New Rhythm Room Mural Features Blues Greats in Action
Just days since the world suffered the tremendous loss of music icon B.B. King, the Rhythm Room's recent addition of a mural featuring the blues great, along with six other legends of the genre, feels especially poignant and significant. The venue has been a go-to spot for live roots and blues shows for more than two decades now and this new artwork only adds to its many soulful charms. In 2010, the club featured one of the murals sponsored by Pabst Blue Ribbon at spots around central and downtown Phoenix. The beer company's ongoing project gives artists an opportunity to showcase their work around the inclusion of their logo-laden can of brew. Though many PBR's get downed on the regular inside the Rhythm Room's doors, this mural - - sans beer branding - - feels more personable and relatable to the music, itself.
Local artist Curt Condrat is the man behind the mural. A self-proclaimed "music junkie with a preference for music created before the 1980s," Condrat was excited to create something to reflect his own passion for music that could also be shared with the community. Though it took Condrat less than a week to complete it, the project was a long time in the making.
"I actually talked to the Rhythm Room's owner, Bob Corritore, about it several years ago," says Condrat. "This was before the Pabst painting. I just thought the building was the perfect spot for a mural." Years later the two revisited the idea and Curt made an initial design featuring a variety of blues musicians and presented it to Corritore who then made a couple of editing choices, finalizing the mural's final lineup of stars: Memphis Minnie, Howlin' Wolf, Muddy Waters, Little Walter, Jimmy Rogers, the aforementioned B.B. King, and Big Mama Thornton.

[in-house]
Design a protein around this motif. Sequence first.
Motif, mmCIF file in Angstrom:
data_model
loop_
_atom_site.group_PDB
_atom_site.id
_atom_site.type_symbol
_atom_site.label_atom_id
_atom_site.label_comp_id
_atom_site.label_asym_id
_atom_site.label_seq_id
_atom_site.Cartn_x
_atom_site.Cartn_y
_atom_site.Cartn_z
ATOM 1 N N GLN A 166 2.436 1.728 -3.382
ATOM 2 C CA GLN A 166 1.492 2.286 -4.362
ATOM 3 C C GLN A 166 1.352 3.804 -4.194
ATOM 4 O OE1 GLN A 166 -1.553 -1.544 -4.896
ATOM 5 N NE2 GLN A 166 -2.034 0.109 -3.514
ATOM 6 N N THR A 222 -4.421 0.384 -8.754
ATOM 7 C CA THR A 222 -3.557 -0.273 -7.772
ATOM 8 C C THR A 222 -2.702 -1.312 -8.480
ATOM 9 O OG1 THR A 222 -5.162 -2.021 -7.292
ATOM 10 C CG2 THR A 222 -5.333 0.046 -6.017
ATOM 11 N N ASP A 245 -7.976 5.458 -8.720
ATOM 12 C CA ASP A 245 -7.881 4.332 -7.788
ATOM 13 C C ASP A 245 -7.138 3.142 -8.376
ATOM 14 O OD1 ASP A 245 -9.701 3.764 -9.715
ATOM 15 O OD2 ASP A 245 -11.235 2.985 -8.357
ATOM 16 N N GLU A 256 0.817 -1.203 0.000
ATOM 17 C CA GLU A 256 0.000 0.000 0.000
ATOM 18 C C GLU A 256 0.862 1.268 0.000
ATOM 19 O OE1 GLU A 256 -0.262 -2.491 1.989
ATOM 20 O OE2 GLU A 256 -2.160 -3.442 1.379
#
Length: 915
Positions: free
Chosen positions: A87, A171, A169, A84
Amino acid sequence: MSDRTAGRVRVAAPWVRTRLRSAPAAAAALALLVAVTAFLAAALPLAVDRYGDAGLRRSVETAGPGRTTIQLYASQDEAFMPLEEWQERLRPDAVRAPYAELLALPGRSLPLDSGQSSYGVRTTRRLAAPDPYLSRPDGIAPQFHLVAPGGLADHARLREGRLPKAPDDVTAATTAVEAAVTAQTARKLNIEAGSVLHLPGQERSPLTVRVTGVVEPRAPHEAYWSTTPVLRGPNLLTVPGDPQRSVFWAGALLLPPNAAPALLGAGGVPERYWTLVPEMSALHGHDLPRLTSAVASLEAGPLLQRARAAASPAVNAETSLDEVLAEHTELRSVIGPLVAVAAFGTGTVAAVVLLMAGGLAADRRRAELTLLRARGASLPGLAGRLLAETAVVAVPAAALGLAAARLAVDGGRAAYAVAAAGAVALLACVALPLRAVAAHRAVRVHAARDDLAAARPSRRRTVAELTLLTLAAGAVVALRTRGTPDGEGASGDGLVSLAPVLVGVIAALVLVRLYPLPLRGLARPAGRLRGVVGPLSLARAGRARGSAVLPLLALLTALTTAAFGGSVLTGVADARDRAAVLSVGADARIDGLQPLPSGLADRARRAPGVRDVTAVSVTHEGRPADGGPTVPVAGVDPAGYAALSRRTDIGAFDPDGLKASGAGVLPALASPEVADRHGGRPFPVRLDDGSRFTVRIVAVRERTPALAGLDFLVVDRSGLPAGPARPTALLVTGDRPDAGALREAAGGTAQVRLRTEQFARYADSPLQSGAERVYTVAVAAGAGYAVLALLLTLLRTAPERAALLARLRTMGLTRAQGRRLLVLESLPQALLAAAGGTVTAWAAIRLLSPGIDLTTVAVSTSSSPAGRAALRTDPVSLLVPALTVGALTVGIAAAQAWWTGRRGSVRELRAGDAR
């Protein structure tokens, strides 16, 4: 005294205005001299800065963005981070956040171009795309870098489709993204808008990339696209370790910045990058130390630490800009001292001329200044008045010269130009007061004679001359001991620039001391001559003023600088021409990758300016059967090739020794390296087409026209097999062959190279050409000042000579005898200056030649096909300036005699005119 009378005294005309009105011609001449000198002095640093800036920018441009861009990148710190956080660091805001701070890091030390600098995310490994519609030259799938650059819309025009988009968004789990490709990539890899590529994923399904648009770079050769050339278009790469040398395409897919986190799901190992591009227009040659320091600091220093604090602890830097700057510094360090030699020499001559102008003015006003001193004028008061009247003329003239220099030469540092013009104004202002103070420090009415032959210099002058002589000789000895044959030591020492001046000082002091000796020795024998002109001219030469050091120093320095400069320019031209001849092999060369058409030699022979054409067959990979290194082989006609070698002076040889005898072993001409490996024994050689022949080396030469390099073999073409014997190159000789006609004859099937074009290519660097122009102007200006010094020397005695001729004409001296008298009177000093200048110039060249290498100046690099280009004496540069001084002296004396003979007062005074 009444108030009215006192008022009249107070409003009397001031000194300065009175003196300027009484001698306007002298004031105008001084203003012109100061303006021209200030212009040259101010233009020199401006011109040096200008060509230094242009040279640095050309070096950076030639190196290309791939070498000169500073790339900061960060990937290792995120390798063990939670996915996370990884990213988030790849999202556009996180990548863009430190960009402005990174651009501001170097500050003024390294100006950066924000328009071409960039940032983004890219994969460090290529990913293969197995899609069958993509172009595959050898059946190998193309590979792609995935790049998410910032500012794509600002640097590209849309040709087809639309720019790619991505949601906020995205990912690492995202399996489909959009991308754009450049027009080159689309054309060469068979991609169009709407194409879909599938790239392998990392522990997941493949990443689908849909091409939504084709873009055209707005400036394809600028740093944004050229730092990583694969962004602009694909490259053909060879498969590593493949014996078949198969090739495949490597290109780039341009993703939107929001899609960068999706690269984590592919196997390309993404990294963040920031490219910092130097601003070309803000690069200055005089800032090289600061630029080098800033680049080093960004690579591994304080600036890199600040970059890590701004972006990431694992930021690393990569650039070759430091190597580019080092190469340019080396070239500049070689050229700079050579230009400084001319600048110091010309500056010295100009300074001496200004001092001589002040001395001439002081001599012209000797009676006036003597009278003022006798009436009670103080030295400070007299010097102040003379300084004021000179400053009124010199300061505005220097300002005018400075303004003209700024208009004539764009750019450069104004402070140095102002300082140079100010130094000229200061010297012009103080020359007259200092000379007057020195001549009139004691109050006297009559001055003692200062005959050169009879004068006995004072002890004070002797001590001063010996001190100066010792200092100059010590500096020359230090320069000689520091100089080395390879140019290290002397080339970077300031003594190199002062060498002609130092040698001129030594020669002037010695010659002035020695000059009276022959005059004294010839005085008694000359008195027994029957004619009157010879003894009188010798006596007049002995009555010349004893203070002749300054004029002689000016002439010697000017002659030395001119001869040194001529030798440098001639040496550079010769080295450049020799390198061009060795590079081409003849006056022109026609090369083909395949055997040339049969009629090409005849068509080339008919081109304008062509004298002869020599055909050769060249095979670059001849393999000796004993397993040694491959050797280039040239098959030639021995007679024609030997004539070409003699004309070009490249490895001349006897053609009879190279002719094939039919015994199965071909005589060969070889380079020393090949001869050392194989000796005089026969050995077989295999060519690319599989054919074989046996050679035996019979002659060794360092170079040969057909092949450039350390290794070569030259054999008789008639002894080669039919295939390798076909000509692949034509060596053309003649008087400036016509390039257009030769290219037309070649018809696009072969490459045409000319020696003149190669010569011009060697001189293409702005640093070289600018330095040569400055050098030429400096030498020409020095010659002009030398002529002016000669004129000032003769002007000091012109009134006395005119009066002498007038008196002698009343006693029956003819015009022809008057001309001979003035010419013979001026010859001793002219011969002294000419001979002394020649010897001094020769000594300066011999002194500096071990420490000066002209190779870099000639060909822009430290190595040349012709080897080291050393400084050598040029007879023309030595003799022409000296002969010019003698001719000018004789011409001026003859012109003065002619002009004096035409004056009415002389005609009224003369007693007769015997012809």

The mural isn't just large in size, it's brimming with expression. It brings together these performers whose creative offerings still continue to move and inspire so many and it honors their accomplishments by highlighting both their depth and joy. At first sight, it's fun and inviting. It becomes more even engaging as you lock into the layers of its historical significance. Owner Corritore couldn't be happier.
"It really is a beautiful statement," he says, "to be able to celebrate some of my heroes of the blues in these larger than life images that Curt created. It's really symbolic of what the Rhythm Room stands for." He goes on to add that it's cool to see lots of band members that are playing at the space taking pictures in front of the mural, often standing in front of their own heroes and favorites.
A Salt Lake City native, in Arizona since he was 12, Condrat spent a good chunk of his teen years doing lots of street art and graffiti but this is his first mural work in Phoenix. He says he hasn't done much graffiti since he was 19 and just has been focusing on aspects of his life, including a couple stints in college, recently graduating from ASU with a printmaking degree. He continues to work in that medium, as well as in painting and sculpture, and does some design and illustration work, staying artistically busy and well-rounded.
He loves working with aerosols on a grand scale and is excited to do more murals. Curt says the Rhythm Room mural has been really well received and may even be instrumental in getting him some more work. When B.B. King passed away, Condrat posted a picture of the mural in the comment section in a thread on the Bootsy Collins Facebook page and got contacted by a guy in Georgia who expressed interest in working with him. You can check out a variety of his artwork at www.curtcondrat.com.
Update, 10:20 a.m., 5/19/15: This story has been updated to include quotes from Rhythm Room owner Bob Corritore.
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